In Texas over 144,000 people per year experience a traumatic brain injury (TBI) (and nearly 5 million visit the emergency room for a TBI in the U.S. each year). Extreme force, or being struck by an object, a fall, or motor vehicle crashes are just some ways that a TBI can happen.
A TBI injury can cause disabilities, impact memory or sensation such as vision or hearing, and can even lead to death. The severity of a brain injury can affect bodily movement and cause emotional changes such as depression.
This month a new test that will help evaluate mild traumatic brain injuries received approval from the US Food and Drug Administration (FDA). The new Abbott handheld i-STAT™ Alinity™ rapid test will help people with suspected mild concussions and will eliminate wait time in emergency rooms, as the blood test produces results in 15 minutes.
UT Health Neurosciences Dr. Ryan Kitagawa said that although a head injury may commonly be referenced to sports, it can happen to anyone. Dr Kitagawa says the new test is a step further to detect the severity of brain injuries, which can help to save lives.
“The approval of Abbott’s i-STAT test for GFAP and UCH-L1 is a game-changer for the diagnosis of traumatic brain injury,” said Dr. Claudia Robertson, neurointensivist, Neurosurgical Intensive Care Unit, Harris Health-Ben Taub Hospital, and professor, Department of Neurosurgery, Baylor College of Medicine.
“The test can be done quickly in the emergency room, and provide information about the presence of a significant brain injury and therefore about the need for a CT scan,” Dr. Robertson explained.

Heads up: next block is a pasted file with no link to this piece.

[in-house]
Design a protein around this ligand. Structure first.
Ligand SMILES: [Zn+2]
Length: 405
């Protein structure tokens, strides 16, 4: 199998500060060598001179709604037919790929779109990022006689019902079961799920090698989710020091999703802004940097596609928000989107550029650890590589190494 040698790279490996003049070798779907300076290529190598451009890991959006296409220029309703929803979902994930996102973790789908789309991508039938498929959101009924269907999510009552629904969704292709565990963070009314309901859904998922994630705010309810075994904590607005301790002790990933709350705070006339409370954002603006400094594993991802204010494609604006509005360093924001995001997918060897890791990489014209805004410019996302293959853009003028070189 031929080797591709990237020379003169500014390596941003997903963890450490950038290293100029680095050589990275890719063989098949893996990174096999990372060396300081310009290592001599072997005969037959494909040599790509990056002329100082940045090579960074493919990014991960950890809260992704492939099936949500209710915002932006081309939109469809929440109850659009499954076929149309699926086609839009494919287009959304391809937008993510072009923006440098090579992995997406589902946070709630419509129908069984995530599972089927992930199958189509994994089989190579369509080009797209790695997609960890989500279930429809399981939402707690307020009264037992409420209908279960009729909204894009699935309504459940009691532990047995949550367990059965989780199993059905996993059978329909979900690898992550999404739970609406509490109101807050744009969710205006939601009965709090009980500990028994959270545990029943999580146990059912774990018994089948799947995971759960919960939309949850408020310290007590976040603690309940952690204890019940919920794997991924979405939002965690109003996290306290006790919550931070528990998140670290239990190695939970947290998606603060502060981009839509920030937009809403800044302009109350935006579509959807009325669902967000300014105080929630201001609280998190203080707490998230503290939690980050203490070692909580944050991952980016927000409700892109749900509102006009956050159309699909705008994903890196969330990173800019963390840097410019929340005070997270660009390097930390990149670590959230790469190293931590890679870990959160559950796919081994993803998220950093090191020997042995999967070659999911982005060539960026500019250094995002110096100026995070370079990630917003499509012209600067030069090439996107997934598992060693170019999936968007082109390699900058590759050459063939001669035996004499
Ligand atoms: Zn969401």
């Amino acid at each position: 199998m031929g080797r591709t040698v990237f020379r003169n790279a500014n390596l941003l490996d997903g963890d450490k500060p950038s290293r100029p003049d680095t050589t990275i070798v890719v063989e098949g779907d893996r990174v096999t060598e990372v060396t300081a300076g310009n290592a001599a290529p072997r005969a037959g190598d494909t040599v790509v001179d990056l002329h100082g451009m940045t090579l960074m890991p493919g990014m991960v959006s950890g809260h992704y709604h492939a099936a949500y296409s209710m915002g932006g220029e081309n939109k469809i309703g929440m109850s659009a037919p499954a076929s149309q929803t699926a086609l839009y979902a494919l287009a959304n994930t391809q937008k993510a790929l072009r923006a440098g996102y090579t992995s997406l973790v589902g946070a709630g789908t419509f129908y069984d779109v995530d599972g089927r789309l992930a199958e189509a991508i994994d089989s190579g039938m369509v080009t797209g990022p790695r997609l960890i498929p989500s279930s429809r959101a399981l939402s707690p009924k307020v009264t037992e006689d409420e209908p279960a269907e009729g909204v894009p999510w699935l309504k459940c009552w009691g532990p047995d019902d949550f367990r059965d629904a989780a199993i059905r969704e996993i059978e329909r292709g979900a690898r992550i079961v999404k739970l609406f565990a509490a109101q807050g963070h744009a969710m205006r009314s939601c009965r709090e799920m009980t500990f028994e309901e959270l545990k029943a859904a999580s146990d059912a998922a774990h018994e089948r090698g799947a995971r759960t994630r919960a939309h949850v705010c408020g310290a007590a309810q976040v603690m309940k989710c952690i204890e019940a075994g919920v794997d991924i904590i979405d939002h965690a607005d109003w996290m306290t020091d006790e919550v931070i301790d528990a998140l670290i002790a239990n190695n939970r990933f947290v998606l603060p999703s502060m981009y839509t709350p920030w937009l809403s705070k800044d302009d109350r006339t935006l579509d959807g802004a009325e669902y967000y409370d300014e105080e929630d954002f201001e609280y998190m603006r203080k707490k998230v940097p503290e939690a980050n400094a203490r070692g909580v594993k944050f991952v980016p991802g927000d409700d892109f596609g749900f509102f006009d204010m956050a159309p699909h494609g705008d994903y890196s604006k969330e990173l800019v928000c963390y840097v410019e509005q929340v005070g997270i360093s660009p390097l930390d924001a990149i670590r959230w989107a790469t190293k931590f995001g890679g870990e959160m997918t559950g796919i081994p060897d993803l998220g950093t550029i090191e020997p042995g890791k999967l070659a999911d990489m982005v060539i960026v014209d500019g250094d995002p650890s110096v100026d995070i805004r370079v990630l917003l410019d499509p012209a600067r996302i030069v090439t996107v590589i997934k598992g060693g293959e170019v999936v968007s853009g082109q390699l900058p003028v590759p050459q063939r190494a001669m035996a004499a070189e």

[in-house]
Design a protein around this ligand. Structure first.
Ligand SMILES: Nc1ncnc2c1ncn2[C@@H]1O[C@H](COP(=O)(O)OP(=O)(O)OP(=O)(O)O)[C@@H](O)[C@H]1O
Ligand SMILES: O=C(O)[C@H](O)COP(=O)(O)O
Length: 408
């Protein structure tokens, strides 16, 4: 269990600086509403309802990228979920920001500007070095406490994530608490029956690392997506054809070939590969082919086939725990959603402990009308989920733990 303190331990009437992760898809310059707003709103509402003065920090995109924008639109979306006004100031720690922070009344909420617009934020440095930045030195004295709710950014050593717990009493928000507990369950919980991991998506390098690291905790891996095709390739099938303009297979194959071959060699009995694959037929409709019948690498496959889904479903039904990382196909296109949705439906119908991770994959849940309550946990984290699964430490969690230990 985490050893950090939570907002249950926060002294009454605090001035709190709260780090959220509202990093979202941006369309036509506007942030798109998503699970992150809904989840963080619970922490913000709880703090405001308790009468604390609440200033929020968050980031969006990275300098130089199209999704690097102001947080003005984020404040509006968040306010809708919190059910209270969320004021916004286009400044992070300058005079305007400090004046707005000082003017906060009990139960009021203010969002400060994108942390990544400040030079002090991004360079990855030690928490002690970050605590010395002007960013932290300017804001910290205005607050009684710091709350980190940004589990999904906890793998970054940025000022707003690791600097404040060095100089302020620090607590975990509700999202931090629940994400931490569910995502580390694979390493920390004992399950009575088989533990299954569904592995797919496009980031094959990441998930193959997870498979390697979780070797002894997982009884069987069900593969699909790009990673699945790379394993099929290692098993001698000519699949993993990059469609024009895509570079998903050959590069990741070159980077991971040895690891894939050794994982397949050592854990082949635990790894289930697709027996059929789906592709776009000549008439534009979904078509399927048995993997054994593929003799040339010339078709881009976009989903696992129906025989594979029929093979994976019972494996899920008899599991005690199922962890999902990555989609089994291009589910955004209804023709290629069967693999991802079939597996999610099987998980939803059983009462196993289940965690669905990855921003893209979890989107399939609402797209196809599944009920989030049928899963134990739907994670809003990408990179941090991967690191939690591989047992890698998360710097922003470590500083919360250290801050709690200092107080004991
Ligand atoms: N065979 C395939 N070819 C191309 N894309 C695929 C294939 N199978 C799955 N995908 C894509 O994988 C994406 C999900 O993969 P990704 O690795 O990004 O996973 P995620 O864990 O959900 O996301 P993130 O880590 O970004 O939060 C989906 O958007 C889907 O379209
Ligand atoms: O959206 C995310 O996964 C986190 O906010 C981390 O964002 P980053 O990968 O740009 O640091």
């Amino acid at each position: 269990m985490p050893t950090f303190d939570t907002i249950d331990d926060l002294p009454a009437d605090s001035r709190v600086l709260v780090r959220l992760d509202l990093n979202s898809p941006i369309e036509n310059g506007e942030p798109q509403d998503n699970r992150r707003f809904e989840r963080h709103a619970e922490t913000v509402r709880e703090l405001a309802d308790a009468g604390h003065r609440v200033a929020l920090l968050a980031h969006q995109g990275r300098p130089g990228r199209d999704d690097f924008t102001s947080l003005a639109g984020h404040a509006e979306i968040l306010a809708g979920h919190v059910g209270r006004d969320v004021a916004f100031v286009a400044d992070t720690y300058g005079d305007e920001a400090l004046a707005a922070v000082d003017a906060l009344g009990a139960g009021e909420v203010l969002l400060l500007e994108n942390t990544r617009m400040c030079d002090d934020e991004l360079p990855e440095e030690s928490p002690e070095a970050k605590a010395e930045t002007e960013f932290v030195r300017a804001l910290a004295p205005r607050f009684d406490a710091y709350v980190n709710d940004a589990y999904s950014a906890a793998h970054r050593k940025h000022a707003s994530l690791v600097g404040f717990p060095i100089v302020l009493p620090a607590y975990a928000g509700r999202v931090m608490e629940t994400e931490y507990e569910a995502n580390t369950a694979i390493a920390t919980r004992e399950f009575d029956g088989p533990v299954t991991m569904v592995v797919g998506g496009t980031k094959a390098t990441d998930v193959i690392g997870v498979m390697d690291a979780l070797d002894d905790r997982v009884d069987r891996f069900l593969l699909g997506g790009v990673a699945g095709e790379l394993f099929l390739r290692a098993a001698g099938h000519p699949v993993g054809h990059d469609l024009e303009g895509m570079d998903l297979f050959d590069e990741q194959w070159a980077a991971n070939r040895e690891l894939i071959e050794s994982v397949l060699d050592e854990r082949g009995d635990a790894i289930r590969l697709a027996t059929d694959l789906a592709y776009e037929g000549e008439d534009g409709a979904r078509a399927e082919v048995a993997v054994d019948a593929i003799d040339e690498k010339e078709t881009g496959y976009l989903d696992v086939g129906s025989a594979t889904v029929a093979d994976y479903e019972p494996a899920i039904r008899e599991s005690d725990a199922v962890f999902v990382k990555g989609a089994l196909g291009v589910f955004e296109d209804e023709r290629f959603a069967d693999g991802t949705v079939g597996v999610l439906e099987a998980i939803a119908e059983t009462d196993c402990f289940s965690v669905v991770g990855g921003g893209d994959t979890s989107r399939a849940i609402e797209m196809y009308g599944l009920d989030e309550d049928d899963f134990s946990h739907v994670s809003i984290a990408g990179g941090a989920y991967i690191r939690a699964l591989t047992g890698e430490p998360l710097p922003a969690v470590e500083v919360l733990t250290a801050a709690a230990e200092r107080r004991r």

Dr. Robertson says the test will eliminate the need for a CT scan in some, and facilitate getting a CT scan for those that actually need one to evaluate their injury.
How the test works
- A small blood sample drawn from the arm
- Plasma is extracted and then inserted into the handheld instrument
- Within 15 minutes the results will help doctors determine whether a CT scan or MRI is needed
The dangerous signs of a TBI
If you or someone you know may have experienced any of the following signs after a bump or jolt to the head, call 9-1-1 right away. Here’s a full list of dangerous signs from the Centers for Disease Control website:
- One pupil larger than the other.
- Drowsiness or inability to wake up.
- A headache that gets worse and does not go away.
- Slurred speech, weakness, numbness, or decreased coordination.
- Repeated vomiting or nausea, convulsions or seizures (shaking or twitching).
- Unusual behavior, increased confusion, restlessness, or agitation.
- Loss of consciousness (passed out/knocked out). Even a brief loss of consciousness should be taken seriously.
Although many people get treated for mild TBIs each year at major trauma centers, many do not get follow-up care.
A new study narrows in on traumatic brain injuries in women.
Forbes reports that two-time Stanley Cup winner Daniel Carcillo is raising awareness and advocating for survivors of TBIs. Carcillo is the founder of Wesana Health, read more here.